You may notice that this is similar to microservices, like Docker, but mentally cheaper. You can call it nano if you want to distinguish between them, but I believe containers or lambdas are a detail of implementation that enjoy the same architectural pattern benefits described above. Lambdas enforce one service by being one function, and have the benefit of dying when they are no longer needed. This forces developers to reason around small and stateless processing tasks. Code solves one problem with minimal side effects. Think of it as a combination of good old UNIX philosophy and the latest functional trend. I’m biased, but I think this serves developer happiness with strong community consensus. And what does it take to do this?

module.exports = function(context, callback) {
    callback(200, "Hello, world!\n");

Most frameworks and SaaS require you to expose a single function with an object that can hold secrets as HTTP query attributes. Of course, nothing prevents you from writing 2000 lines of code between module.exports and callback(), but that can quickly start to smell like an anti-pattern.

And the ease of deployment can quickly make it harder to maintain than splitting your problems into manageable endpoint solutions:

$ #completely copy/pasted from

$ fission function create ‑‑name hello ‑‑env nodejs 
‑‑code hello.js

$ fission route add ‑‑function hello ‑‑url /hello

$ curl http://router.fission/hello

Hello, world!

Now you have some code that will greet you over HTTP thanks to Fission. This requires that you have a Kubernetes setup on hand, but in 2018 who doesn’t have a self-hosted “open-source system for automating deployment, scaling, and management of containerized applications?” But seriously, if you don’t have time or don’t enjoy administrating distributed clusters, you are still in good company. Big hosting players now offer competitive platforms to push lambda on. Indeed, Webtask 101 can get you set up in 30 seconds, without costing you a penny:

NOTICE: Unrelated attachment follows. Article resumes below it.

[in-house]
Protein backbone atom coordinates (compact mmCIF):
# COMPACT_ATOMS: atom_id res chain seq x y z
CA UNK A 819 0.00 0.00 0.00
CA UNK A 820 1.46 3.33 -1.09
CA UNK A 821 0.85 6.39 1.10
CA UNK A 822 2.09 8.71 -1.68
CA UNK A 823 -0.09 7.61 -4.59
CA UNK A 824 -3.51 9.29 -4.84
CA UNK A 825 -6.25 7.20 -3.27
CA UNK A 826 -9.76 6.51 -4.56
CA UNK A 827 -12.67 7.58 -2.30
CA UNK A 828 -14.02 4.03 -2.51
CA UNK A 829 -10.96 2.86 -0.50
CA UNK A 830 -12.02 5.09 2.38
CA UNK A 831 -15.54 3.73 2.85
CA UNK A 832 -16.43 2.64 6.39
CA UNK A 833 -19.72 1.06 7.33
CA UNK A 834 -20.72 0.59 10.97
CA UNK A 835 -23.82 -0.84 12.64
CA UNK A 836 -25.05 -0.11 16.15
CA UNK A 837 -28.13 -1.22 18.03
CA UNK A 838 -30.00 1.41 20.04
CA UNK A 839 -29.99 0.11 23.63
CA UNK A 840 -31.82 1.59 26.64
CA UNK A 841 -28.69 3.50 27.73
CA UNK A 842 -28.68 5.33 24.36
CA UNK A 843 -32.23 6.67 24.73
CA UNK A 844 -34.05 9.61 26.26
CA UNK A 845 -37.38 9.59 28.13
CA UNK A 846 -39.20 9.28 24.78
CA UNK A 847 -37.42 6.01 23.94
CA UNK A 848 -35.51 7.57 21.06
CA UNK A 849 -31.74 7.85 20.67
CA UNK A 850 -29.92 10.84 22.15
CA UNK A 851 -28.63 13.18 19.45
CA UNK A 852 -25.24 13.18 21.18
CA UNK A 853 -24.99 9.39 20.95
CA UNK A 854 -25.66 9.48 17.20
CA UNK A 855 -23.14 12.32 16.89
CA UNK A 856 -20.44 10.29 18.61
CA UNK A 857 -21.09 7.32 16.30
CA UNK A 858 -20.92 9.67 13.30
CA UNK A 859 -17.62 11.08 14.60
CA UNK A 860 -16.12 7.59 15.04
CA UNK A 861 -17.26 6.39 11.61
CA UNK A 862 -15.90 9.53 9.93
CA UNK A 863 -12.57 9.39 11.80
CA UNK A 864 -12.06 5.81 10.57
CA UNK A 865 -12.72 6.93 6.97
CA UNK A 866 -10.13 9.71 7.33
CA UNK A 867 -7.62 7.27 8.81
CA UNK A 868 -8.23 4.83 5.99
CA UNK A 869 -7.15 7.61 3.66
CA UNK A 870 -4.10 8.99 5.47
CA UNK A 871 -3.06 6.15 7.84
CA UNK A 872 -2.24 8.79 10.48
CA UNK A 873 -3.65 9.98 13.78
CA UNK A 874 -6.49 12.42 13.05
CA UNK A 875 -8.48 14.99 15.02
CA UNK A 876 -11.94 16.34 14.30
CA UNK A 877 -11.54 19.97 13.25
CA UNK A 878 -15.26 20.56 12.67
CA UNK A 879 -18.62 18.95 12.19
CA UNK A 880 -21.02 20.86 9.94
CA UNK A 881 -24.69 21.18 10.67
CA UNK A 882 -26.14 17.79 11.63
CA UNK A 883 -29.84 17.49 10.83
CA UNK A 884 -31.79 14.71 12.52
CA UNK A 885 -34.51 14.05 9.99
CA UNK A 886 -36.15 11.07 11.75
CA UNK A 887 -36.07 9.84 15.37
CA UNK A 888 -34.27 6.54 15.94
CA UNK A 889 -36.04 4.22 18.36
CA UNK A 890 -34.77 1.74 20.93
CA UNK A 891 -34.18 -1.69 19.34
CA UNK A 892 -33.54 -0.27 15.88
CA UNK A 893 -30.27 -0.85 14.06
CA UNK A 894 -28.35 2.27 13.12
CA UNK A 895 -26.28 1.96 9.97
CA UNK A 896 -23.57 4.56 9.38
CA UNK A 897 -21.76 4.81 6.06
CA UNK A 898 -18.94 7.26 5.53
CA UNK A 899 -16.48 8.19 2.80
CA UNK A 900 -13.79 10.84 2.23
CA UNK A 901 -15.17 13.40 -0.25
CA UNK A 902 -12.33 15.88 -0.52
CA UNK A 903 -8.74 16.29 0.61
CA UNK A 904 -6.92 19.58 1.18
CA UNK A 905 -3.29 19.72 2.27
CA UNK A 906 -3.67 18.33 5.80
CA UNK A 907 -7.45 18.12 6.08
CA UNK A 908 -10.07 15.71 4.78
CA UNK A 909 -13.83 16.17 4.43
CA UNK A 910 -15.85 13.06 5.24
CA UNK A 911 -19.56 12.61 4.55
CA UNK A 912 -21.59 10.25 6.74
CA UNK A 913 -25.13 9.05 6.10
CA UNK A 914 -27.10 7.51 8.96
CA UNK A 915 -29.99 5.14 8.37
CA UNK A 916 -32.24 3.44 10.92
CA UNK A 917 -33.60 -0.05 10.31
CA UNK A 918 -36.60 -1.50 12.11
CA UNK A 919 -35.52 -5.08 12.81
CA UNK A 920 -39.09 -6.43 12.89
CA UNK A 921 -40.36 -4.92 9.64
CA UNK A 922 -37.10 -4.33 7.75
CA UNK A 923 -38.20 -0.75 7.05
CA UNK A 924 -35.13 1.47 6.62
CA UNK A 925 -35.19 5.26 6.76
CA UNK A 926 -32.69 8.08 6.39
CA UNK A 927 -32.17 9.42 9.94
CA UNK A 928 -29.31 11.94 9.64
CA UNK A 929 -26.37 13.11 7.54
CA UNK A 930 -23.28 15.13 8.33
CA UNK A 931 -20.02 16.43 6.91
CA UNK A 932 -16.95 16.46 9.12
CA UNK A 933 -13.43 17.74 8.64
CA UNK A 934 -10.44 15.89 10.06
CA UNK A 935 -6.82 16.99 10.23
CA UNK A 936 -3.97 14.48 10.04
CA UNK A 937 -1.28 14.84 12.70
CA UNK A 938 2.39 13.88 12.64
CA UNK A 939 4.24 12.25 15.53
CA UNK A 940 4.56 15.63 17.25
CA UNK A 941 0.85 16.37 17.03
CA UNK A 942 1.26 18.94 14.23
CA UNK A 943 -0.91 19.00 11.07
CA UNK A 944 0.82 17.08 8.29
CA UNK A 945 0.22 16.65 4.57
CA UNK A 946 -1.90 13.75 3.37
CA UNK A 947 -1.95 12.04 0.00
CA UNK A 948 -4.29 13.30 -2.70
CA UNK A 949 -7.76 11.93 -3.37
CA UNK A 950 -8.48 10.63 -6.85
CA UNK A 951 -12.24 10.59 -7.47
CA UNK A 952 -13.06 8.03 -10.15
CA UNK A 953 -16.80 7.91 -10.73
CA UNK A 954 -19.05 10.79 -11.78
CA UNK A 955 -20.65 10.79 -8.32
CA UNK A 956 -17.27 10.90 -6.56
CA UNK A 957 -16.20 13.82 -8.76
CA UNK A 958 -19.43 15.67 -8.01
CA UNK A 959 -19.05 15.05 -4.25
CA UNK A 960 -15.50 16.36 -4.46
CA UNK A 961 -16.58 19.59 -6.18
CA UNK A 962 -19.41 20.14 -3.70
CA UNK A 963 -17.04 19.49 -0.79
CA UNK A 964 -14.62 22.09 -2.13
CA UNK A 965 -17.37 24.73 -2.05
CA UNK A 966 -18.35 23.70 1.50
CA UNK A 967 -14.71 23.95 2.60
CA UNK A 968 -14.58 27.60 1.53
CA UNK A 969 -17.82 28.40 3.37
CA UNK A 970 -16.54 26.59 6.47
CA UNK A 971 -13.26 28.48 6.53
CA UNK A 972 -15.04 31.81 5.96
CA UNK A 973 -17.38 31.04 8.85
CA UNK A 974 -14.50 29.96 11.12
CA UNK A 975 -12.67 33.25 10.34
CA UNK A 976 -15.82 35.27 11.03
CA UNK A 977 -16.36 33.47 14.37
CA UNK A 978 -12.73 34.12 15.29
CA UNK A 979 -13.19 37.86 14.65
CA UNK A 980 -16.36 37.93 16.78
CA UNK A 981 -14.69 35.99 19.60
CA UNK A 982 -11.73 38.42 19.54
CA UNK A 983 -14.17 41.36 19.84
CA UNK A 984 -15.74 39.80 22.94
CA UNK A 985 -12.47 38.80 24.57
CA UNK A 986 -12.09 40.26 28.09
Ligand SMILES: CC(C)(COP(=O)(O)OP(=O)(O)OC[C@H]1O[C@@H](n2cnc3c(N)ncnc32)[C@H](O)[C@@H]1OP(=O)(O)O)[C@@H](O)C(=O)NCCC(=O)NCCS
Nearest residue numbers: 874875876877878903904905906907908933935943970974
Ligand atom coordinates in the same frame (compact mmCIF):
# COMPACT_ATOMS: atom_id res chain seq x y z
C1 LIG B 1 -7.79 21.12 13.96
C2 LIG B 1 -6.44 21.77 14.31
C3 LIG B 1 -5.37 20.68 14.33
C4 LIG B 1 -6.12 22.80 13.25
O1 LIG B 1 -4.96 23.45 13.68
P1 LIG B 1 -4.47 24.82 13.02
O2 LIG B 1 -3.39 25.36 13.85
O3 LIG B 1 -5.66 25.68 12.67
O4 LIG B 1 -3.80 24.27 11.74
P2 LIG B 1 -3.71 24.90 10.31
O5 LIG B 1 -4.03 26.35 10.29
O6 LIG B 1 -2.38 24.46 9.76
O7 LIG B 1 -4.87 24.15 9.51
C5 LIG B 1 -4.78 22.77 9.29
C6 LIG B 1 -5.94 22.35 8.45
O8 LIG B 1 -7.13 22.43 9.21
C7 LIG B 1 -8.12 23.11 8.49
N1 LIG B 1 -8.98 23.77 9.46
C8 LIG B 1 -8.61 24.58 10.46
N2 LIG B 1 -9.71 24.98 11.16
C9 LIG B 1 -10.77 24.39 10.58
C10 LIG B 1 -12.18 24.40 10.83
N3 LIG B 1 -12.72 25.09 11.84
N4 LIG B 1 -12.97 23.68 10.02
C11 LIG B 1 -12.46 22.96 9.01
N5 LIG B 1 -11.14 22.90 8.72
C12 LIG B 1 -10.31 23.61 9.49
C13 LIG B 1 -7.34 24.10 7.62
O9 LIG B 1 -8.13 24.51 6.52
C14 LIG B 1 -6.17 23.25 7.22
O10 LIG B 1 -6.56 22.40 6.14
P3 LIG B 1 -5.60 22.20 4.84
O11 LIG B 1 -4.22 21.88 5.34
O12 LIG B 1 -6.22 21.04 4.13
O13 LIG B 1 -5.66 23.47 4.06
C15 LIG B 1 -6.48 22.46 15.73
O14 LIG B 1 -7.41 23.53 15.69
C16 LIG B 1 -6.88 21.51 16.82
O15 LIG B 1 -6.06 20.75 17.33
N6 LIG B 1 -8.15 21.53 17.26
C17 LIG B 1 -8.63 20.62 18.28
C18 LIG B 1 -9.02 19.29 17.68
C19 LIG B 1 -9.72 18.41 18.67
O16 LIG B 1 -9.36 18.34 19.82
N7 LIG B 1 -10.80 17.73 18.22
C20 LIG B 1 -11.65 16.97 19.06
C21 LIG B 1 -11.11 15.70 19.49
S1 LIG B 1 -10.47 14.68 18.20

$ #again, shamelessly copy/pasted from

$ echo "module.exports = function(cb) { cb(null, 'hello world');
 }" > foo.js

$ wt create foo.js     

After you have a chance to kickstart a project like, say, React or Webpack, you see that this is amazingly painless, yet full featured:

$ wt cron schedule ‑n mongocron ‑s 


47592/webtask‑examples 10m foo.js

And the lambda function now runs periodically, which as you know is a fairly common use case.

In all respects, the barriers to entry are very low here: You can write code as functions, and there is no new domain-specific language and no complex configuration. Or they may have been quickly wrapped behind popular frameworks, like serverless does for various cloud providers. This is important because new paradigms that don’t force you to re-learn everything, and yet are immediately actionable for projects, usually get a lot of traction. And a lot of traction means a robust ecosystem of services, libraries, help, and articles. This feeds the movement, and so on.